MJO/ENSO Update: As of Tuesday (9/9) the Madden Julian Oscillation (MJO) was starting to give way to the Active phase, just barely, and if anything had re-trenched it's Inactive ways, not supportive of North Pacific storm formation yet. The Daily SOI index was stable, at 23.3. The 30 day average was up to 15.61 spiking heavily in the past few weeks and the 90 day average was up to 4.76, still neutral, but barely and up compared to weeks previous. Winds at at the surface and the 850 mb level (approx 1000 ft up), indicated east winds still firmly in-control over the entire Pacific reaching over the dateline and well into Central America. This was the most vigorous Inactive phase we've seen in a while. The peak of the Inactive Phase has passed but it's remnants are not giving up easily and if anything are intensifying over the past few days. The models suggest it's to slowly fade through 9/18 and completely gone by 9/23 while the Active Phase starts to build over Indonesia to New Guinea. Latest estimates suggest it's to be stronger than originally forecast, a good thing, though still not on par with it's polar opposite, the Inactive Phase currently in progress. It to offer minimal to moderate support for fueling the development of North Pacific storms. By 9/28 the Inactive phase is to be totally gone and the Active Phase is to be at it's peak, but that really doesn't mean much given it's relative weakness. Of note - the weak MJO pattern of late has caused what was a promising flow of warmer than normal subsurface waters from the West to east Pacific to break down, with a marked cool pocket now positioned 150 deep on the equator south of Hawaii, smack in the middle of the channel that normally enable warm water to flow to the east. This is not indicative of an El Nino like circulation, and if anything looks still like La Nina, thereby suggesting no enhancement to the winter North Pacific storm pattern. The relatively active tropics in the East Pacific also support the thesis that a La Nina-like global circulation pattern is in-play.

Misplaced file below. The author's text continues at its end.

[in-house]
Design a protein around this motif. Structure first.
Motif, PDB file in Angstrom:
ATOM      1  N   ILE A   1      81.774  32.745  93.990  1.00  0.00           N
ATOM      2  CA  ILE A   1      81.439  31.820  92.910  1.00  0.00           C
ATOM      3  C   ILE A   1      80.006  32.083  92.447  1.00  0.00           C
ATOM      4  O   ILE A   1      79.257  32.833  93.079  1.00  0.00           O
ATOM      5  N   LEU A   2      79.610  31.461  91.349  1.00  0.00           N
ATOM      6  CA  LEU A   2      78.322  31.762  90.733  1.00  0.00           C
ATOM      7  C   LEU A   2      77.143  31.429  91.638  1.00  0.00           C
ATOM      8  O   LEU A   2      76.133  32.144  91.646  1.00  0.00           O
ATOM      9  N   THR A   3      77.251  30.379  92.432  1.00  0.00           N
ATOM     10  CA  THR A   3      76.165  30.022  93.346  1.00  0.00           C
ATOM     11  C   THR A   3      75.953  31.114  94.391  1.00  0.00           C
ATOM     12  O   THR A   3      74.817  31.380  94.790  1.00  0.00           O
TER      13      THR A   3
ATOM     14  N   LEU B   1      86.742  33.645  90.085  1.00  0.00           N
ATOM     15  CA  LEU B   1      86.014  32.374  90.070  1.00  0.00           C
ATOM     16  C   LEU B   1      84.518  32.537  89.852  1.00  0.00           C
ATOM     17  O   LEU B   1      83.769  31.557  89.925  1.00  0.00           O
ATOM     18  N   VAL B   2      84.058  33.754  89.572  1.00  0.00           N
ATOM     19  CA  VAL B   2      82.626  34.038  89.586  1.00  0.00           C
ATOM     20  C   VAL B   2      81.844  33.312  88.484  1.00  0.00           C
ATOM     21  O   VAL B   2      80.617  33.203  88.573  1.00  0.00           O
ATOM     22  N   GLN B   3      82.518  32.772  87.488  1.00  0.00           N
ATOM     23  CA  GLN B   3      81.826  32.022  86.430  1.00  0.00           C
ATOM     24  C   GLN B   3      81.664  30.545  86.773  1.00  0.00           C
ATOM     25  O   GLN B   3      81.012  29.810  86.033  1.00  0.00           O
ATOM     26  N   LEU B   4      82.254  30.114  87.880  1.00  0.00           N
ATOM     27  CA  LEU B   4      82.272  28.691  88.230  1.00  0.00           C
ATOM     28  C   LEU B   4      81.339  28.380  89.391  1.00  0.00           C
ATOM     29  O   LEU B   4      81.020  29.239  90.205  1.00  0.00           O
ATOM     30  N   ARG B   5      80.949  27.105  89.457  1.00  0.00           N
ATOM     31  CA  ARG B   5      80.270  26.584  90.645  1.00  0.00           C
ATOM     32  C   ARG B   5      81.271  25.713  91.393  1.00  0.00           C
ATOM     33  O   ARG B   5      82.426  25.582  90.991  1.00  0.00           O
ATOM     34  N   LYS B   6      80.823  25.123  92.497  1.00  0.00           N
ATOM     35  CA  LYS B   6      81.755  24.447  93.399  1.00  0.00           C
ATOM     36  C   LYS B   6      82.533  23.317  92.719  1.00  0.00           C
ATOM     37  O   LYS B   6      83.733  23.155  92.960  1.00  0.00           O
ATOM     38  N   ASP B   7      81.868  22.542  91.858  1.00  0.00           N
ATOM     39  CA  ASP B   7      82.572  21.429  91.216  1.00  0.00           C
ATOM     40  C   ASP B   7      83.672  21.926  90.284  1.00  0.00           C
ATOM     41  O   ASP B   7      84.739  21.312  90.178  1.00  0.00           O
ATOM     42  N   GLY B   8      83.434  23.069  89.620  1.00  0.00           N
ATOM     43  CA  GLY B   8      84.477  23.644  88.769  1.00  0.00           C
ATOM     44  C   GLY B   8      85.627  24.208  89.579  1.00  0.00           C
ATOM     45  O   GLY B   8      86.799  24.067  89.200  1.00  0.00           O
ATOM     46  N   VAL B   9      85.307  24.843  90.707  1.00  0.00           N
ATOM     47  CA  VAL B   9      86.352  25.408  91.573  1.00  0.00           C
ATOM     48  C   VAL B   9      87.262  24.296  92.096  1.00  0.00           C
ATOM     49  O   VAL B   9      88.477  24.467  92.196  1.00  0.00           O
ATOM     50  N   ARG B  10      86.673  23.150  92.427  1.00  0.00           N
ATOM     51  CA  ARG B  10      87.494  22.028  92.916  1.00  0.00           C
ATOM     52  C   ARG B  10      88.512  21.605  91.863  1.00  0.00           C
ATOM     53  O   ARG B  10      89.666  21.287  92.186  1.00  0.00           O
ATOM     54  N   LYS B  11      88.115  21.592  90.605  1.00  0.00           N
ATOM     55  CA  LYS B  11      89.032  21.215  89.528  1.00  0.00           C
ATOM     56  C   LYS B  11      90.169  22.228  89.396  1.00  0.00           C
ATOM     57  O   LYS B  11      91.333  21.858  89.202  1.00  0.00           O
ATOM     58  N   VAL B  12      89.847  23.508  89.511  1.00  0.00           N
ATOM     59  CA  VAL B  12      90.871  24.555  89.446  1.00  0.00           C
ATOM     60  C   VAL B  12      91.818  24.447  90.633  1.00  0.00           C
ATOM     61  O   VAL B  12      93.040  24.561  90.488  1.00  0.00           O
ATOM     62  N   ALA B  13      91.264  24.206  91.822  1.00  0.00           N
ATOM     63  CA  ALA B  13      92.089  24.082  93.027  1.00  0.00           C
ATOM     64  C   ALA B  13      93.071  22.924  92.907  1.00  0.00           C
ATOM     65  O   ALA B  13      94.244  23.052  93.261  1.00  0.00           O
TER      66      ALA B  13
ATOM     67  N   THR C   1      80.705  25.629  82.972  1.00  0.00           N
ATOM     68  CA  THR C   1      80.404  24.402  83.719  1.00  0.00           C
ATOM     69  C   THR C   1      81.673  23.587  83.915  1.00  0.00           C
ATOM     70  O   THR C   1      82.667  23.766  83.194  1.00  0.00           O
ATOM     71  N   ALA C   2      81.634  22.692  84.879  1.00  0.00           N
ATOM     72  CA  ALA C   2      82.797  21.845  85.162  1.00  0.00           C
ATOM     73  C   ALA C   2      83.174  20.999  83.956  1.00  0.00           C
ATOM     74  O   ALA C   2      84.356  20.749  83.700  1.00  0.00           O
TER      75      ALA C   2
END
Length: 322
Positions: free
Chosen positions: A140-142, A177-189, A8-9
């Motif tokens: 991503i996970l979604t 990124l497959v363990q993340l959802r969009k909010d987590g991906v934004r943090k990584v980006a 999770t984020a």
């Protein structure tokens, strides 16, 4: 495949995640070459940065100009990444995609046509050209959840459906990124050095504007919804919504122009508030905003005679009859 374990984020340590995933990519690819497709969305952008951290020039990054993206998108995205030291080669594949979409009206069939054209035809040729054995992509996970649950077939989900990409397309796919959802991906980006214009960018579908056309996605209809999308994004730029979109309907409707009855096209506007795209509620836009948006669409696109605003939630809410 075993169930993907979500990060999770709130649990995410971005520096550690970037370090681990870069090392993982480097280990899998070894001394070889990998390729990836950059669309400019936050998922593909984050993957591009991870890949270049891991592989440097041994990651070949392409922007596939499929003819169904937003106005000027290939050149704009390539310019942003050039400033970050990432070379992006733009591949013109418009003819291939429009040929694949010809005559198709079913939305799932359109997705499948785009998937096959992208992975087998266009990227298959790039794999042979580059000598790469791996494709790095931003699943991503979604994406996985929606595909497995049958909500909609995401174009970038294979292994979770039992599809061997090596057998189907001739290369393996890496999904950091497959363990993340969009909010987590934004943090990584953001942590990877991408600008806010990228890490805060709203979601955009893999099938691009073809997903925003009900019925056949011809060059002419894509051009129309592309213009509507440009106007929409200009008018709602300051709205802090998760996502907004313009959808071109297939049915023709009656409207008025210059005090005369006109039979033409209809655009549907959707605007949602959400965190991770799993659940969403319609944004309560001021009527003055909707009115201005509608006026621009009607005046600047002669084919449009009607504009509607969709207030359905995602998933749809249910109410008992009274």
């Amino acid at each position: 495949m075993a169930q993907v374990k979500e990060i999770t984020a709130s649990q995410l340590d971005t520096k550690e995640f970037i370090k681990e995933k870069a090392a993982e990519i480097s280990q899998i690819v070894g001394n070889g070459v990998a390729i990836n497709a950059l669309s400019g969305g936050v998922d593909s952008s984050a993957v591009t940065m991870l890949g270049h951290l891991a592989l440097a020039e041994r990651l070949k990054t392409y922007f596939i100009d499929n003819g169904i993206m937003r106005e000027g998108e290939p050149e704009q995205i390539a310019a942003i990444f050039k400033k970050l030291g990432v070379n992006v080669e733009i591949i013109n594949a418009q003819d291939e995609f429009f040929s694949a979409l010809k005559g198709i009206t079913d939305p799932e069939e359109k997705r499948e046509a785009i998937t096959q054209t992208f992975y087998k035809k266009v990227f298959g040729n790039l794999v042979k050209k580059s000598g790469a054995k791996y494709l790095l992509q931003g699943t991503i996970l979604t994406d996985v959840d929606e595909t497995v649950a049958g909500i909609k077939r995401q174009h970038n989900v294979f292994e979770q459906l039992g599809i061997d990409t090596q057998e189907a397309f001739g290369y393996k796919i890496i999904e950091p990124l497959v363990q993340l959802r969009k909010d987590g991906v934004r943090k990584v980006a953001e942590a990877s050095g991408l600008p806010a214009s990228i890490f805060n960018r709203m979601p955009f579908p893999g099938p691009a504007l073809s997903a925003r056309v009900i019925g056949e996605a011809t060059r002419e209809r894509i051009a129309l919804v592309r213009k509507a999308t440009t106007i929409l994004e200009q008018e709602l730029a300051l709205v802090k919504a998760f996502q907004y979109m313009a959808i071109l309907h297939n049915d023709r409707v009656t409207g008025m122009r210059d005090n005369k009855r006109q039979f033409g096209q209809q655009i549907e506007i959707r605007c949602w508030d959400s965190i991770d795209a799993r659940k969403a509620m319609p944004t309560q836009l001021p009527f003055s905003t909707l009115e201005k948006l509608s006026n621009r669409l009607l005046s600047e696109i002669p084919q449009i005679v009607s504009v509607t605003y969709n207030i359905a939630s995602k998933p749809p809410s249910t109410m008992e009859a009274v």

Beyond 72 hrs the models suggest high pressure east of New Zealand to drift east and a ridging pattern in the upper atmosphere to drive the storm track over the Ross Ice Shelf, totally shutting down the swell production machine. No swell producing weather systems are forecast.
Details to follow...
External Reference Material: El Nino Southern Oscillation (ENSO), Madden Julian Oscillation (MJO), Pacific Decadal Oscillation (PDO), Southern Oscillation Index (SOI), Kelvin Wave
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Surf Height-Swell Height Correlation Table